• Playing with Fire: The Deepkin's forges are powered by the molten discharge of the fuiadon bond-beasts.
  • Poisoned Weapons: Terrornight venom can be used to coat a weapon, so the smallest cut will cause severe pain and nausea and fill the victim with a feeling of impending doom.
  • Shock and Awe: Fangmora Eels possess the ability to harness biovoltaic energy.
  • Slave Collar: The Namarti's iron collars serve as a mark of their low status.
  • Slave Mooks: The Deepkin's bond-beasts are magically enslaved by the Embailors, a specialised sect of the Isharann. If not previously blinded, they risk slipping their bonds and escaping in a murderous rampage. There are some exceptions: a few Ochtar and Deepmares have proven loyal.
  • Soul Jar: When the Deepkin die, their spirits are interred in a coral reef called a chorrileum.
  • Tail Slap: Fangmora Eels and Deepmares can batter enemies with their lashing tails.
  • Threatening Shark: Allopexes are vicious sharks known for their voracious appetites, savage blood frenzies and a bite force capable of severing the arm of a gargant.
  • Turtle Island: The Nautilar's city of Galanaur was established on a desert, without realising that it was not on the sea bed, but upon the back of a continent-sized Great Scaphodon.
  • Turtle Power: The greatest of the Idoneth Deepkin's monsters is the Akhelian Leviadon, a giant turtle that is described as 'something between an armoured battleship and a dragon'.
  • Underwater City: The Idoneth Deepkin build their cities beneath the oceans of the Mortal Realms.
  • Vertebrate with Extra Limbs: The Idoneth Deepkin's Leviadons are giant turtles with six flippers instead of four.
  • Weapon of X-Slaying: The Abyssal Blade, one of the Akhelian artefacts, is especially deadly against those dedicated to the ancient enemy Slaanesh, dealing 1 more damage to all models with the Slaanesh keyword.
  • Witch Species: Like all aelves, the Idoneth Deepkin are highly attuned to magic.
  • Wolverine Claws: Soulscryers defend themselves with claws made from razor-sharp Allopex teeth.
  • Would Hurt a Child: Unlike most other enclaves, the Fuethán do not avoid harming children and withdraw only when all their foes are dead.
  • Your Soul Is Mine: The Deepkin steal the souls of sentient creatures and use them to extend their lives and grant new souls to their Namarti.

    Characters 

Mathlann

The old god of the sea worshipped by the elves of the World-that-Was, Mathlann is long dead by the time of the Age of Sigmar — like the rest of the elven pantheon, he was destroyed by Slaanesh during the End Times. He's nonetheless widely worshipped by the Idoneth, who were formed from the souls of his old worshippers and can summon echoes of his power to aid them in battle.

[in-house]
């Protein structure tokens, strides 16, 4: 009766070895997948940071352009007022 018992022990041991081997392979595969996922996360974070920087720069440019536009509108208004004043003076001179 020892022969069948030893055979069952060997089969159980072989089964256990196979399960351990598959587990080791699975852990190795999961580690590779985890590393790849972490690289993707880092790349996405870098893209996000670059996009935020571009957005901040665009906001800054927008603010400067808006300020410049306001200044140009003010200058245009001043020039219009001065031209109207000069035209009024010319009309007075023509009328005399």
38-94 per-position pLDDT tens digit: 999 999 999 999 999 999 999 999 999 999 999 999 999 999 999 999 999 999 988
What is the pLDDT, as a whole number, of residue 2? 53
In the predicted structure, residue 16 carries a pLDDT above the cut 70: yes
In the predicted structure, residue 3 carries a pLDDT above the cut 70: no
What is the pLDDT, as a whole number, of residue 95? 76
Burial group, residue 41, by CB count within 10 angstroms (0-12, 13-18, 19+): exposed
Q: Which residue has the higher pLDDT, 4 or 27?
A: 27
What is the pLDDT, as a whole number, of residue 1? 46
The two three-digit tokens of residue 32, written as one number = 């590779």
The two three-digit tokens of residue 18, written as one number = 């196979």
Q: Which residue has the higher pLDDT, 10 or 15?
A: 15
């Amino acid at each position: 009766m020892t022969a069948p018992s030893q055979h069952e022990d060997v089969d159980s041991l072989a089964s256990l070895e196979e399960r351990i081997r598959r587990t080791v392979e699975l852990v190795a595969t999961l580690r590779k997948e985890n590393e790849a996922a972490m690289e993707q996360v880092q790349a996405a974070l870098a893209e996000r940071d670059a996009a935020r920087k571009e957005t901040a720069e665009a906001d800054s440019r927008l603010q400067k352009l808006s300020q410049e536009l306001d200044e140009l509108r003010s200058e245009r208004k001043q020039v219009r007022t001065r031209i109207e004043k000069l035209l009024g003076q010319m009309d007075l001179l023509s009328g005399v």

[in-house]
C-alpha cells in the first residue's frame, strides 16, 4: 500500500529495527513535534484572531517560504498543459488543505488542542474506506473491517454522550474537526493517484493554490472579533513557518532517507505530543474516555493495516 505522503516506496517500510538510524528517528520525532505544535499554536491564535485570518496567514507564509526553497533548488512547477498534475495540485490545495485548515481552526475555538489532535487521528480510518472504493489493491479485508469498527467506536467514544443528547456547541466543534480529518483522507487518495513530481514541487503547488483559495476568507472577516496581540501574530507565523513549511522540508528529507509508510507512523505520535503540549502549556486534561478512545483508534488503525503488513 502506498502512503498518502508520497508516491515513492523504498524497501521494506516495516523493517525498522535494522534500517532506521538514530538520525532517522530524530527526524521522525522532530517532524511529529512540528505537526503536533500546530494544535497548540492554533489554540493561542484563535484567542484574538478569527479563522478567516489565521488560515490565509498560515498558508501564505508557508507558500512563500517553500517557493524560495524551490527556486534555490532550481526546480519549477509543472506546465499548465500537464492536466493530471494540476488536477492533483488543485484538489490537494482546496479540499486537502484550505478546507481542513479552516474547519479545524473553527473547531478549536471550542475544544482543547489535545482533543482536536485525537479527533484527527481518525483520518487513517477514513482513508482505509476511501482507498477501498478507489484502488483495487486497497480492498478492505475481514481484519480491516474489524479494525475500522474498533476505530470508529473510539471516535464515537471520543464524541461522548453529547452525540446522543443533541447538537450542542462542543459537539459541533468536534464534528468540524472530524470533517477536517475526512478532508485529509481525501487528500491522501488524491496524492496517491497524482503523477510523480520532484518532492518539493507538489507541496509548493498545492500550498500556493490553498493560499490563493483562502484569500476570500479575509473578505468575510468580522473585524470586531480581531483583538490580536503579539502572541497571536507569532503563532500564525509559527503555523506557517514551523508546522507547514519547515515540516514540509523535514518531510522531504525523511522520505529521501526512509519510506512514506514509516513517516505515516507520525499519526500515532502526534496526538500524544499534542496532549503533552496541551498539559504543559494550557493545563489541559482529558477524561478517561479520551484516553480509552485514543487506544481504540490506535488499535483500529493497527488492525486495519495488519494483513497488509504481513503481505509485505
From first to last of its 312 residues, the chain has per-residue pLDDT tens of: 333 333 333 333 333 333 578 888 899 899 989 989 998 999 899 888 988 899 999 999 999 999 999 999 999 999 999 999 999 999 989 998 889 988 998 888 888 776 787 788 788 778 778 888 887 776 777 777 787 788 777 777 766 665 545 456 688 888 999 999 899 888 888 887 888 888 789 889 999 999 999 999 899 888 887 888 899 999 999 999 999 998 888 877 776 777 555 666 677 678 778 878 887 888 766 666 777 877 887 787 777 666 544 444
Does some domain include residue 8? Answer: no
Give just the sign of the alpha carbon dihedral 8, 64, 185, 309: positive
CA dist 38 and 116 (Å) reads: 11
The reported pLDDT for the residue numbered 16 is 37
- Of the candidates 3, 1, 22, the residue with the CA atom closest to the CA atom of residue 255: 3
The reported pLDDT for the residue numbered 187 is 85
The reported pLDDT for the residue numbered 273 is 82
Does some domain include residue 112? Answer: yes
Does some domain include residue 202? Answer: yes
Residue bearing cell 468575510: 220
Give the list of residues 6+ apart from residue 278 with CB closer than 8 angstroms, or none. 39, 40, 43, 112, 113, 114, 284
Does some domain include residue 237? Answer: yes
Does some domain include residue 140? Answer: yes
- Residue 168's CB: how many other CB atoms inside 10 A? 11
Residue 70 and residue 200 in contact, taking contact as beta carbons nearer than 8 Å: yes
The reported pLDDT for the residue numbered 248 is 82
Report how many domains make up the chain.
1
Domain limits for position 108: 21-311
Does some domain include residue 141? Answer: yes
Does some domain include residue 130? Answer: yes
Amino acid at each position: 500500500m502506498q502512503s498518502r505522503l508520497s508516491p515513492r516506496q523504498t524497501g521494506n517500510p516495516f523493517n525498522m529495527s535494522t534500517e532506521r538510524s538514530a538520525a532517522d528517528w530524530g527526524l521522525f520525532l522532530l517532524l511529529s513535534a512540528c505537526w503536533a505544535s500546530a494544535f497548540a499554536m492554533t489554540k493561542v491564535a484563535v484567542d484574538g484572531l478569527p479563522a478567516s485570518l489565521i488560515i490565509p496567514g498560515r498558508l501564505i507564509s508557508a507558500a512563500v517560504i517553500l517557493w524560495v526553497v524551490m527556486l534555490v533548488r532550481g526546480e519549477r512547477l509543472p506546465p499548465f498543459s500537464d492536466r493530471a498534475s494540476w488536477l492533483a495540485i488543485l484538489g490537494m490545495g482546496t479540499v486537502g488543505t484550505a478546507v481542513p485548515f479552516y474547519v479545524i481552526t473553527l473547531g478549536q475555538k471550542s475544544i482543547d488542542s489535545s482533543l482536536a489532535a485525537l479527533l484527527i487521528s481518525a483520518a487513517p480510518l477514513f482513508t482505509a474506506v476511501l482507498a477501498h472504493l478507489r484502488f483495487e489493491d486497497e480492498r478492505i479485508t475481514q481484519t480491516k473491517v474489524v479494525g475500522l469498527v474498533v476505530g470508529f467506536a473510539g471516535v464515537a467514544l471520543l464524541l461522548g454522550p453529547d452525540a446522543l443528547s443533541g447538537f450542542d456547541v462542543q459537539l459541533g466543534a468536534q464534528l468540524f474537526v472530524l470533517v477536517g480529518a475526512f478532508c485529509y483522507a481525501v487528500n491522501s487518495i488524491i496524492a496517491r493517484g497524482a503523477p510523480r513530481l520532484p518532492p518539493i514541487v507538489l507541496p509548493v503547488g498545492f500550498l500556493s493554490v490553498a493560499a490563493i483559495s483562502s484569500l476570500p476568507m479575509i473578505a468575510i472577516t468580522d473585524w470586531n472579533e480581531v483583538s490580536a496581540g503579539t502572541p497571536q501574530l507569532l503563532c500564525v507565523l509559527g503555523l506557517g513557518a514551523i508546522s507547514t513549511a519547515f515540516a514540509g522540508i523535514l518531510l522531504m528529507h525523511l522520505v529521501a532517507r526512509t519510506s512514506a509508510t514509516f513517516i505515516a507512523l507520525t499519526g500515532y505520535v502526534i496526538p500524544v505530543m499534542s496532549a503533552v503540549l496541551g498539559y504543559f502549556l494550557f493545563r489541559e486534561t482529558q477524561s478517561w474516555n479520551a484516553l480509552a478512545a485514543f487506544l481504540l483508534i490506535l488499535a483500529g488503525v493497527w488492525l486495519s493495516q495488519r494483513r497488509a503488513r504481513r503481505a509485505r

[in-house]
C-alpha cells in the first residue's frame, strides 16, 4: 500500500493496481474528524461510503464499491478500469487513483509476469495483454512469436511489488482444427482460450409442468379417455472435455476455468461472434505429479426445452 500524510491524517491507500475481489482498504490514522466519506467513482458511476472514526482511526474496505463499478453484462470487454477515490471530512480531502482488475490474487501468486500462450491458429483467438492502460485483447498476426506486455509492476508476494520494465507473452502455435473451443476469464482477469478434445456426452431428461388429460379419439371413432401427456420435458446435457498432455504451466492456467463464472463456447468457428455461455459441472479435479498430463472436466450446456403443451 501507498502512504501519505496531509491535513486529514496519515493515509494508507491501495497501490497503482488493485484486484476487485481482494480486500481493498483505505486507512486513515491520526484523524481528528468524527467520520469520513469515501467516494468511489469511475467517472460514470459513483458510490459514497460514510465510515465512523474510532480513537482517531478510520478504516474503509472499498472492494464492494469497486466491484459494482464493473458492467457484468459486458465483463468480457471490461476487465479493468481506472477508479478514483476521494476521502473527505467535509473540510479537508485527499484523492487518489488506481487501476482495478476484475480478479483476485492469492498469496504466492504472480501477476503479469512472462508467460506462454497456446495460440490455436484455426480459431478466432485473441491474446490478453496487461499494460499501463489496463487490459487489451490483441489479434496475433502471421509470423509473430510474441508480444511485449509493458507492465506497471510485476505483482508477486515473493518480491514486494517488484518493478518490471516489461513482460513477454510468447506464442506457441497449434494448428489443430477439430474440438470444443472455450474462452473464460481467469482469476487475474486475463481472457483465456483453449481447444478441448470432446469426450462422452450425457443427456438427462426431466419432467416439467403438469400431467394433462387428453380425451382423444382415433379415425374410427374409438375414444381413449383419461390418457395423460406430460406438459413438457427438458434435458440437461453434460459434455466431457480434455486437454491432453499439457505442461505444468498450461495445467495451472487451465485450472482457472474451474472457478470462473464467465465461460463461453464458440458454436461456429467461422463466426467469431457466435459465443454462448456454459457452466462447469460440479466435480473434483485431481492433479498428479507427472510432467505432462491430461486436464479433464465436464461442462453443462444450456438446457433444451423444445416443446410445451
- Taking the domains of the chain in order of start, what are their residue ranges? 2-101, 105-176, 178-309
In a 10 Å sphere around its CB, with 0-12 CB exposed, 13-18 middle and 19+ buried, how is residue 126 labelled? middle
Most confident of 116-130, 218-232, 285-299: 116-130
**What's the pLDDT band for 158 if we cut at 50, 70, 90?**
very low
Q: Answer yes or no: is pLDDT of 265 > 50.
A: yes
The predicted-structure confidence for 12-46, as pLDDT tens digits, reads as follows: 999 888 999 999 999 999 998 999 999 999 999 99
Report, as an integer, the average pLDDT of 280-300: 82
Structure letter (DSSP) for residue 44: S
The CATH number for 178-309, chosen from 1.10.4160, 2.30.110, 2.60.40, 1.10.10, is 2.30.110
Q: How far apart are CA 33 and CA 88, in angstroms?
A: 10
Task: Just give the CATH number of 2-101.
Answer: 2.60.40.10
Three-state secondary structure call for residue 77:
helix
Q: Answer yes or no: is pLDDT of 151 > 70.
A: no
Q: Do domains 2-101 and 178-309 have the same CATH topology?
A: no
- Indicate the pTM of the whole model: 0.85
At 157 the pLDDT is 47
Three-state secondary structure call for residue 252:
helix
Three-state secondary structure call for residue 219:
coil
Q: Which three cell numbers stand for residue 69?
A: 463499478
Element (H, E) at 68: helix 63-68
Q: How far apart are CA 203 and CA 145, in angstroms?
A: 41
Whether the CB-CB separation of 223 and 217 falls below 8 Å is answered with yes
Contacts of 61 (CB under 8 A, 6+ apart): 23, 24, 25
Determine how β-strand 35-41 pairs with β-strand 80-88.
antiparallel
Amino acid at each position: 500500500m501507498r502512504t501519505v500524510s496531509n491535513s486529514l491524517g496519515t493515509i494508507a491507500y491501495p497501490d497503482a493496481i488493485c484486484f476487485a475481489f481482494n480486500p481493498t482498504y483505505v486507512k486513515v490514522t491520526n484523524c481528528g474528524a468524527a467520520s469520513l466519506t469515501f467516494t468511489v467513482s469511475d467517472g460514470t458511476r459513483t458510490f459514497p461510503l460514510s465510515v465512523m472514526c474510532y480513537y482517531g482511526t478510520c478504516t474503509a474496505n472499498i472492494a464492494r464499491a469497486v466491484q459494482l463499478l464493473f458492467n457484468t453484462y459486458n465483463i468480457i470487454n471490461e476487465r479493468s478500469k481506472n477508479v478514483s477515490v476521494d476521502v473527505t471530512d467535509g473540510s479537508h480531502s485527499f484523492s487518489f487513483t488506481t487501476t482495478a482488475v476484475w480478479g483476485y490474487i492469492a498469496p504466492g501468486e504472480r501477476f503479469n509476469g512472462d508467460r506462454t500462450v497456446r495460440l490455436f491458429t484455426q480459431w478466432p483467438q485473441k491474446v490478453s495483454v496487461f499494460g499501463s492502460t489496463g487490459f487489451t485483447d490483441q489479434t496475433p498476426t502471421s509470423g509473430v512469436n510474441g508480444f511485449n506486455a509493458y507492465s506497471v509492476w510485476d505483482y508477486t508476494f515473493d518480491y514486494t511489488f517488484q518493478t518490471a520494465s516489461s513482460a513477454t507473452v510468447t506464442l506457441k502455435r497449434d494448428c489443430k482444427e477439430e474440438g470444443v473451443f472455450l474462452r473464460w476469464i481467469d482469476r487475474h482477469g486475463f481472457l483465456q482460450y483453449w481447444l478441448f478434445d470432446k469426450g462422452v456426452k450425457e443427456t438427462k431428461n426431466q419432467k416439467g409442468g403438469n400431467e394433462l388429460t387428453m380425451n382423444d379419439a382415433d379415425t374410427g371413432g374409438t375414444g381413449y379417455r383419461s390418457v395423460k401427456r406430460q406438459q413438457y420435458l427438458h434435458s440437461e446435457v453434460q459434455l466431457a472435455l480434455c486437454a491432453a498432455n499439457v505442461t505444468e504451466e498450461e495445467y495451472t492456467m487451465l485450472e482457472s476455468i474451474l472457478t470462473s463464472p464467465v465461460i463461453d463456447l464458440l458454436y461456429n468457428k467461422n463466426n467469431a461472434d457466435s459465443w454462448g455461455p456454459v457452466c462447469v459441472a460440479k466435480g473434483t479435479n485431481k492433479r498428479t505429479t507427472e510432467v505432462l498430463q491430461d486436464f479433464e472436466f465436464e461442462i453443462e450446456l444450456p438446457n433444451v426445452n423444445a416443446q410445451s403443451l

• Badass Cape: The Eidolon of Mathlann rides on a crashing wave that extends far longer than his height and is worn like a cape.
  • Dual Mode Unit: The Eidolon of Mathlann can be built and fielded as either the melee-oriented Aspect of the Storm or the magic-wielding Aspect of the Sea.
  • Dual Wielding: The Eidolon of Mathlann wields a Spear of Repressed Fury and a Crulhook in its Aspect of the Storm, or a Psi-trident and Deep-sea Sceptre in its Aspect of the Sea.
  • Ethnic God: Mathlann is the most-worshipped figure by the Idoneth Deepkin, who were originally created out of the souls of his followers rescued from Slaanesh.
  • Forced Sleep: One of the exclusive spells of the Eidolon of Mathlann's Aspect of the Sea is Cloying Sea Mists, which send foes into a slumber from which they'll never awaken.
  • Fusion Dance: Each Eidolon of Mathlann is formed as a gestalt consciousness from the portions of the souls of deceased Deepkin.
  • Healing Factor: The Eidolon of Mathlann can heal D3 wounds per round, either by not using a re-roll for casting rolls in the Aspect of the Sea or by charging enemies in the Aspect of the Storm.
  • Posthumous Character: Mathlann himself is gone, killed by Slaanesh, but his Deepkin followers can still create the Eidolons of Mathlann, summoned visions of Mathlann as he once was. While they tried many times to resurrect him, none of these attempts succeeded.
  • Supernatural Fear Inducer: The Eidolon of Mathlann in its Aspect of the Sea has an exclusive spell named Tsunami of Terror. This spell sends forth invisible waves of fear that force enemies to cower.